Greece said on Monday it was willing to negotiate on a cash-for-reforms deal it needs to clinch by the end of June, when its bailout programme expires and it faces default on its debt.
Finance Minister Yanis Varoufakis sounded conciliatory after meeting his German counterpart Wolfgang Schaeuble in Berlin.
“Dr. Schaeuble and I had a long, productive conversation.
“We have a common understanding of the problem and the whole purpose was to try to achieve a commonly designed, planned, agreed solution to the impasse in which we have unfortunately found ourselves over the last few years, actually, to be precise, with this ongoing Greek crisis,” Varoufakis told reporters after the encounter.
Athens and Brussels exchanged proposals last week in the hope of breaking an impasse that, if unresolved, could force Greece out of the euro zone, an unprecedented event that could shake financial markets and even the global economy.
Chancellor Angela Merkel said on Monday during a G7 summit in Bavaria she wanted Greece to remain in the eurozone, but that time was running out. She said she hoped more progress would be made during a meeting with Greek Prime Minister Alexis Tsipras and French President Francois Hollande in Brussels on Wednesday (June 10).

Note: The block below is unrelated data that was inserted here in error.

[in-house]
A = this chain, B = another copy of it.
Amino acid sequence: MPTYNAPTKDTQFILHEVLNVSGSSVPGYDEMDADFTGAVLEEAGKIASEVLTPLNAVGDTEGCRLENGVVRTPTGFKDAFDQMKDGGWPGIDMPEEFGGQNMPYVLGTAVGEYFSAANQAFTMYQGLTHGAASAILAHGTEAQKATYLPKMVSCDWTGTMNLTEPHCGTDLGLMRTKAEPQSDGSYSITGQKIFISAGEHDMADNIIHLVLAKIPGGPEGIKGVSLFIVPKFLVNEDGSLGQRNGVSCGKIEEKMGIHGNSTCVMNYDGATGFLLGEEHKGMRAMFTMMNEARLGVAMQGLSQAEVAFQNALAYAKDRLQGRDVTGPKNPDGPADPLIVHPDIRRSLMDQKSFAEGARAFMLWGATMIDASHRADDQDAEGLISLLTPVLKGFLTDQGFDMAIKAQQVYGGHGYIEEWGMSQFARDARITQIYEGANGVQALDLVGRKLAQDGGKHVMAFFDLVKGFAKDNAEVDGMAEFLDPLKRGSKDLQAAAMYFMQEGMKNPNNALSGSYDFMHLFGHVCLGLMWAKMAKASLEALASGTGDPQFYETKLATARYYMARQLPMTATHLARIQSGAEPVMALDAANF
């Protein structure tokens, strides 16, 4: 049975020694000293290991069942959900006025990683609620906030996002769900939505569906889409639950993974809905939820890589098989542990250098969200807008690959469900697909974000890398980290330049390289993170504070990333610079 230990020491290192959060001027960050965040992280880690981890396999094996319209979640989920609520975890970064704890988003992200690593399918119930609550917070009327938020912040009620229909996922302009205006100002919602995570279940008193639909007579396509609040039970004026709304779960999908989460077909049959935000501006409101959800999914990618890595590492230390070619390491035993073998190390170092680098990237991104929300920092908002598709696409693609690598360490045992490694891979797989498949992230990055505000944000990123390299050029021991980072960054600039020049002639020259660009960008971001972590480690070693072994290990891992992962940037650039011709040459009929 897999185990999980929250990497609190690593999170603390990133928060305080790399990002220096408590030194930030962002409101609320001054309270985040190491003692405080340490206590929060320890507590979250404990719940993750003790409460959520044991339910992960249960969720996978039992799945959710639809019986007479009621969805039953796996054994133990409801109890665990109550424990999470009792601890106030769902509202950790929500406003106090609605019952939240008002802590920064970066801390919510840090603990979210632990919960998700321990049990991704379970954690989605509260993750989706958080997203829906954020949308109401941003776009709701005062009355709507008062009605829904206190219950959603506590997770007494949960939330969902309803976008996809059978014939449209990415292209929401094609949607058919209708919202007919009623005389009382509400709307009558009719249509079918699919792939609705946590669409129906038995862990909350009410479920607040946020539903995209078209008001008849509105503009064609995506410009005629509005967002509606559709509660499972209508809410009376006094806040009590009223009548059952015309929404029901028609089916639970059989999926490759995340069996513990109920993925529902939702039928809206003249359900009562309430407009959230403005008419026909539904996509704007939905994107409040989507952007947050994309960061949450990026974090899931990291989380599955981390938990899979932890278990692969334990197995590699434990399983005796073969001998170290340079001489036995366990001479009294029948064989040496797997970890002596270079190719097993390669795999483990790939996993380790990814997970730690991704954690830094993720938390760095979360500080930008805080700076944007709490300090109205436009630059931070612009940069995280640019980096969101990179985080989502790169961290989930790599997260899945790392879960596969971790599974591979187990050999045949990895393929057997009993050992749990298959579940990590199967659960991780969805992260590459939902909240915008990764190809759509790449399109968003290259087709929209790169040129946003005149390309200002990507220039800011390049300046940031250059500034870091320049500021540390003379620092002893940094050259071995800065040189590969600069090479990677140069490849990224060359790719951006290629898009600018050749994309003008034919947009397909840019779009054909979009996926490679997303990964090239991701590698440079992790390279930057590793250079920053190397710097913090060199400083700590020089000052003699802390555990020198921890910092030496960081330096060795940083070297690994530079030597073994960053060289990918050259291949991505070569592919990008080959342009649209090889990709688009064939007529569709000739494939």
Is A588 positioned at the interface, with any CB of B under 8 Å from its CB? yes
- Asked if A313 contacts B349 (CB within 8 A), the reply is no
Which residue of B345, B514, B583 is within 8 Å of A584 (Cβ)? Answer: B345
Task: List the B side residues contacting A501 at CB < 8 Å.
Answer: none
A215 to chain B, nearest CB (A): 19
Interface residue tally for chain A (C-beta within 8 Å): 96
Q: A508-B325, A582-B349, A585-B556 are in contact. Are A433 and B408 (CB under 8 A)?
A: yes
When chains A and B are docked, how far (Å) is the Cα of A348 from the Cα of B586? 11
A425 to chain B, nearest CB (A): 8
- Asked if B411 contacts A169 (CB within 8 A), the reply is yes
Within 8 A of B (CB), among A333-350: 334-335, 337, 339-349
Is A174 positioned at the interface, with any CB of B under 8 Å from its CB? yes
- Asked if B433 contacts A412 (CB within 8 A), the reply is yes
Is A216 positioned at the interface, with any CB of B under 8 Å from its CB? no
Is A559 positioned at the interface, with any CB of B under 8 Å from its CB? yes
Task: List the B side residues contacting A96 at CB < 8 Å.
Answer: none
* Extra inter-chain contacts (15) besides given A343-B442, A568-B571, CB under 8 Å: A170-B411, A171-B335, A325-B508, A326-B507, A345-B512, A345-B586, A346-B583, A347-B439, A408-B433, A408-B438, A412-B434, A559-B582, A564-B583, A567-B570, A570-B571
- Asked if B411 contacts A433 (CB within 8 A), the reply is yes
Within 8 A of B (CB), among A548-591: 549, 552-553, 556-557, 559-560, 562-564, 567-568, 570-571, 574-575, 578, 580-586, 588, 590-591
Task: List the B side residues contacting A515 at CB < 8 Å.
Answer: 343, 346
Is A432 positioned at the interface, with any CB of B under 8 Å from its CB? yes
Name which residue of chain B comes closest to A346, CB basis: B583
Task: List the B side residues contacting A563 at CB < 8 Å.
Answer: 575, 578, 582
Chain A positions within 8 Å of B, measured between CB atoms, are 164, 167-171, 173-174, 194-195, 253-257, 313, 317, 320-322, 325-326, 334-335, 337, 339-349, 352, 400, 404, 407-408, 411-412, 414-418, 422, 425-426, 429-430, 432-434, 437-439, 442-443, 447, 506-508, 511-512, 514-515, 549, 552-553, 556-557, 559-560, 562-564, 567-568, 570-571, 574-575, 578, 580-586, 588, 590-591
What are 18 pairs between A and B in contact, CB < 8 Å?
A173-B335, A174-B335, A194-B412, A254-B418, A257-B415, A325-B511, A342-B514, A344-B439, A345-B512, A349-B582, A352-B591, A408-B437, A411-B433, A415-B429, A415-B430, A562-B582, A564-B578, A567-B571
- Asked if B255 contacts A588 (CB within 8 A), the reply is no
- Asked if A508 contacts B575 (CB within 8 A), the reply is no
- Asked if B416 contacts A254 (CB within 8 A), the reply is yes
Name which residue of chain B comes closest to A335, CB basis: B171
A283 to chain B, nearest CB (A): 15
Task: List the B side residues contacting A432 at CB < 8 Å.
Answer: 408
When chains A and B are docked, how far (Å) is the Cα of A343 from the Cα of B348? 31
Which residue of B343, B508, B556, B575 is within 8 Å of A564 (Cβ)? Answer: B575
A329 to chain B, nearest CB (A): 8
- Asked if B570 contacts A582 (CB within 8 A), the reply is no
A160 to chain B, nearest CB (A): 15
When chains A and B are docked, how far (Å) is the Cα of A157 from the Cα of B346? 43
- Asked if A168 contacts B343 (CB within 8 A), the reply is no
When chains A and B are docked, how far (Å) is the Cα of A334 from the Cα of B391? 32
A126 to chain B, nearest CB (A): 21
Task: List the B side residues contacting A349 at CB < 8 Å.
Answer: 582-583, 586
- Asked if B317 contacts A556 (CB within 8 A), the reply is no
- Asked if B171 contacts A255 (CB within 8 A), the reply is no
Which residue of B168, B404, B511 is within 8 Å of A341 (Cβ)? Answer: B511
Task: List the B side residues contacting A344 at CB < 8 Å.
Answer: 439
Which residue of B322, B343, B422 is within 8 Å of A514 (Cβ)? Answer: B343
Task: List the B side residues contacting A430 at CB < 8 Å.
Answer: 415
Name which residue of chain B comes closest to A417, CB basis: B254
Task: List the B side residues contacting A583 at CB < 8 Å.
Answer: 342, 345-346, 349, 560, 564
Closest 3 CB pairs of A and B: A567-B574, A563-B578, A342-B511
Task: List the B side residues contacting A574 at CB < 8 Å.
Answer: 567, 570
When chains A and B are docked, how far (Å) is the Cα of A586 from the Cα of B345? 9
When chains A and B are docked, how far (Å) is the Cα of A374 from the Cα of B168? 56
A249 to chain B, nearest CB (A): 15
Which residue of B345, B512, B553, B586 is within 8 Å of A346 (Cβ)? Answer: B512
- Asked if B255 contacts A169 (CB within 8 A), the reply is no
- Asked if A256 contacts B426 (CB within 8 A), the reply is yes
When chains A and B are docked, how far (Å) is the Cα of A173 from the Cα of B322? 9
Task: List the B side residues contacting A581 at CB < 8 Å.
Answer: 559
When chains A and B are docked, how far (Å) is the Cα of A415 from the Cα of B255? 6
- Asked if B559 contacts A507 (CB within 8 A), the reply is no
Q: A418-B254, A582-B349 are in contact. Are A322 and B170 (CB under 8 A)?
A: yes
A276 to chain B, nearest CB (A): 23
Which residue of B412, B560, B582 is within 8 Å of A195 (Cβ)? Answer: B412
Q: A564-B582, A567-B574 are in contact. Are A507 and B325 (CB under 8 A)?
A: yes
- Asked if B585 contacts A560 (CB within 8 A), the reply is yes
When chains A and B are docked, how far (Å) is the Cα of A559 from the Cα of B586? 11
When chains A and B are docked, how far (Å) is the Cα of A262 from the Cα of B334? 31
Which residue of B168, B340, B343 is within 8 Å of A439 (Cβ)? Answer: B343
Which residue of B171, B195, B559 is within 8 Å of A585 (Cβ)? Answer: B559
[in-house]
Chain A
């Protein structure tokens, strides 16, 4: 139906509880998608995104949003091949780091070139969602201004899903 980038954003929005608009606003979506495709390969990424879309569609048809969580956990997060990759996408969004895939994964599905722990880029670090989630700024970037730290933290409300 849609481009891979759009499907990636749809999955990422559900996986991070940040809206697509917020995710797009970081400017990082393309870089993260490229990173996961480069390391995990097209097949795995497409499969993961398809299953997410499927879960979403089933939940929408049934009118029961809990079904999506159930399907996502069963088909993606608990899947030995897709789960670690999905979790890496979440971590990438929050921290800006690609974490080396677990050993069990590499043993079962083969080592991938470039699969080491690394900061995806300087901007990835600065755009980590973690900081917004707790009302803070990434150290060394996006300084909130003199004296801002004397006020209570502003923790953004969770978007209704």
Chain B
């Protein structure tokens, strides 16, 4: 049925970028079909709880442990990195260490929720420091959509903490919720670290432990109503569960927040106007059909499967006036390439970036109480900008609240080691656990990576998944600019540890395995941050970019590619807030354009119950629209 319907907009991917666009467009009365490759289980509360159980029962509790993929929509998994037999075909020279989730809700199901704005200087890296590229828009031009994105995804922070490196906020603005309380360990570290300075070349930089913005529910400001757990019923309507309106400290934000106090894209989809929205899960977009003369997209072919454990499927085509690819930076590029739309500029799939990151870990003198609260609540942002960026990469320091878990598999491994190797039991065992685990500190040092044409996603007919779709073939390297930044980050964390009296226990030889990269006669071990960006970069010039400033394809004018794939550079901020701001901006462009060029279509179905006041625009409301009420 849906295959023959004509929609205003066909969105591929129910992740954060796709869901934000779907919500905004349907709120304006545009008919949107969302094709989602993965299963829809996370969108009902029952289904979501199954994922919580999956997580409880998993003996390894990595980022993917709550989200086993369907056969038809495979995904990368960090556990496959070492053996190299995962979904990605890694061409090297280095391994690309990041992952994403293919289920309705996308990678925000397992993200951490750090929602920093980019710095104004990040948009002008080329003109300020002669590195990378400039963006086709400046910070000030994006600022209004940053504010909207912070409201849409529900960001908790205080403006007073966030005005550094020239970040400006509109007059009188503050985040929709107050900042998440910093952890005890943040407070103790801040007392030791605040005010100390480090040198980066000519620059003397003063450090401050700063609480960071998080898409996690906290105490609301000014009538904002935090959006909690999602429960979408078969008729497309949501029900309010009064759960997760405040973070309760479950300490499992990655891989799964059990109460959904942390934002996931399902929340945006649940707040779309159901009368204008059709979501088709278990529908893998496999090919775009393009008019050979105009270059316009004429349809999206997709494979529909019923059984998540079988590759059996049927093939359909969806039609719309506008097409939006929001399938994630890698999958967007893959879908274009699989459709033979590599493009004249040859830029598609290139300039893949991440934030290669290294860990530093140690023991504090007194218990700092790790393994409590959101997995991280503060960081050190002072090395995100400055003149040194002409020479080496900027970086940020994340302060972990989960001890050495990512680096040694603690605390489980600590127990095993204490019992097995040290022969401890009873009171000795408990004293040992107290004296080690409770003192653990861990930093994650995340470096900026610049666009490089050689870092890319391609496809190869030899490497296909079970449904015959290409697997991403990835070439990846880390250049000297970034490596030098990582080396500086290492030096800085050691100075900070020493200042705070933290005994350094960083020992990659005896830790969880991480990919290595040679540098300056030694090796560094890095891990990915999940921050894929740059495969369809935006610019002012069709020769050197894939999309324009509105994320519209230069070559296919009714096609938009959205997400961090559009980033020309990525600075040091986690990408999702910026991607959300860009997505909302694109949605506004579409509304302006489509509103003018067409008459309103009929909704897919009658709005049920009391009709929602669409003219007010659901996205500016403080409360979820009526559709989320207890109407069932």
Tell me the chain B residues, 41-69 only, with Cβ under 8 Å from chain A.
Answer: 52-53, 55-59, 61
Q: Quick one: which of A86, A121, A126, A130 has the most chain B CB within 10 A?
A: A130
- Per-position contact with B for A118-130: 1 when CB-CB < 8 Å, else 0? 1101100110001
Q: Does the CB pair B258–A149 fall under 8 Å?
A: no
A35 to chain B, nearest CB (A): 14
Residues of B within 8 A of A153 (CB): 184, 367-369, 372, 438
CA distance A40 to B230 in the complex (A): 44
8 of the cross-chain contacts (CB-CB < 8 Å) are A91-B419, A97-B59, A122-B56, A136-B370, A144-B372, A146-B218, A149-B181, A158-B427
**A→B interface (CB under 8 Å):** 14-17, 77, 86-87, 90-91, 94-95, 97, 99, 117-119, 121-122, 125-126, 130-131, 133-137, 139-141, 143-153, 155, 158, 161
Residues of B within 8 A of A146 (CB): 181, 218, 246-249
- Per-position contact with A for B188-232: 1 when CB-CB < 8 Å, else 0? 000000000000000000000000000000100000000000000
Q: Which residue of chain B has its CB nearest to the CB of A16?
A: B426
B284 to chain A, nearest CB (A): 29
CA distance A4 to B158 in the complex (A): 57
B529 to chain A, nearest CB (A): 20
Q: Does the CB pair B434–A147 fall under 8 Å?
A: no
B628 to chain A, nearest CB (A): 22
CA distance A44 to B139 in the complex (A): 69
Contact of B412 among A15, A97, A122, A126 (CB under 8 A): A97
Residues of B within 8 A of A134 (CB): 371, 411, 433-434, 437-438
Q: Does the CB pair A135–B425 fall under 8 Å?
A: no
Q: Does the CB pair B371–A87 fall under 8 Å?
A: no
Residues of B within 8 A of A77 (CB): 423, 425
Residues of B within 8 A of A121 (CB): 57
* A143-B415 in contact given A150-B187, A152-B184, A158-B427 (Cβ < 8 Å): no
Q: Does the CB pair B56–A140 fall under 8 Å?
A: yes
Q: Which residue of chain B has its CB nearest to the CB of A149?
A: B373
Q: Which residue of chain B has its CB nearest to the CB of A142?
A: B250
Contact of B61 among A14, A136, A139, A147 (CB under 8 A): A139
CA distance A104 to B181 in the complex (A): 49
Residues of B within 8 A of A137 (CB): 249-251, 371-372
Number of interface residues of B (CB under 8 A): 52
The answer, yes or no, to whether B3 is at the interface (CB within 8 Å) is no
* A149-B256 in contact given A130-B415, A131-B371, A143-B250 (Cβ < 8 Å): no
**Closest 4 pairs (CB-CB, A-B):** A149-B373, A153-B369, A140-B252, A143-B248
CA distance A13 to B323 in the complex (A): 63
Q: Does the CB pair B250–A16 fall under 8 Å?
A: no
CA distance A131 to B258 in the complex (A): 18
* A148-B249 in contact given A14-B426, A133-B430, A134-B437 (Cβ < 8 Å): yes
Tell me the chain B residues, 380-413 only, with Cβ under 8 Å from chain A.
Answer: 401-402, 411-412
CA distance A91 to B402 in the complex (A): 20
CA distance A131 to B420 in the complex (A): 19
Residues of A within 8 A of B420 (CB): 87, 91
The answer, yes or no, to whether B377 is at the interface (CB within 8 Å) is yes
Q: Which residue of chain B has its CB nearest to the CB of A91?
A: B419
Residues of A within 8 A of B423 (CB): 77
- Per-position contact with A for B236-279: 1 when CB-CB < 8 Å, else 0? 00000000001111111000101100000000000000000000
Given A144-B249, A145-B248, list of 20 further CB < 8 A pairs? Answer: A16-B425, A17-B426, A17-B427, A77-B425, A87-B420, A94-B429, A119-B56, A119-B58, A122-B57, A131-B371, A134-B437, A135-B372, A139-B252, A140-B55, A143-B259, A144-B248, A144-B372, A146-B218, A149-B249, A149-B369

“It must be said that there isn’t much time left. That’s the problem and that’s why everyone must work intensively,” Merkel said.
“The day after tomorrow there will be the opportunity to discuss it with the Greek prime minister in Brussels at the EU-Latin America summit. But all I can say is that every day counts now to get the necessary work done.”
Last week, Tsipras delayed a 300 million euro IMF repayment
and “rejected as “absurd” the set of pension cuts and tax hikes demanded by creditors in exchange for more cash”:http://www.euronews.com/2015/06/05/european-commission-reform-proposals-absurd-says-greek-prime-minister/.
His leftist party Syriza was elected earlier this year on a pledge to end austerity and it’s growing angry that more budget cuts may be needed to prevent Greece from defaulting on its debt.
Greek Labour Minister Panos Skourletis said if a deal was not reached soon with creditors to unlock fresh funding, early elections would likely be needed to let the Greek people decode.
Opinion polls show most Greeks want to remain in the euro zone and are willing to accept compromises with creditors to resume the funding that has kept the country afloat since it almost went bankrupt in 2010.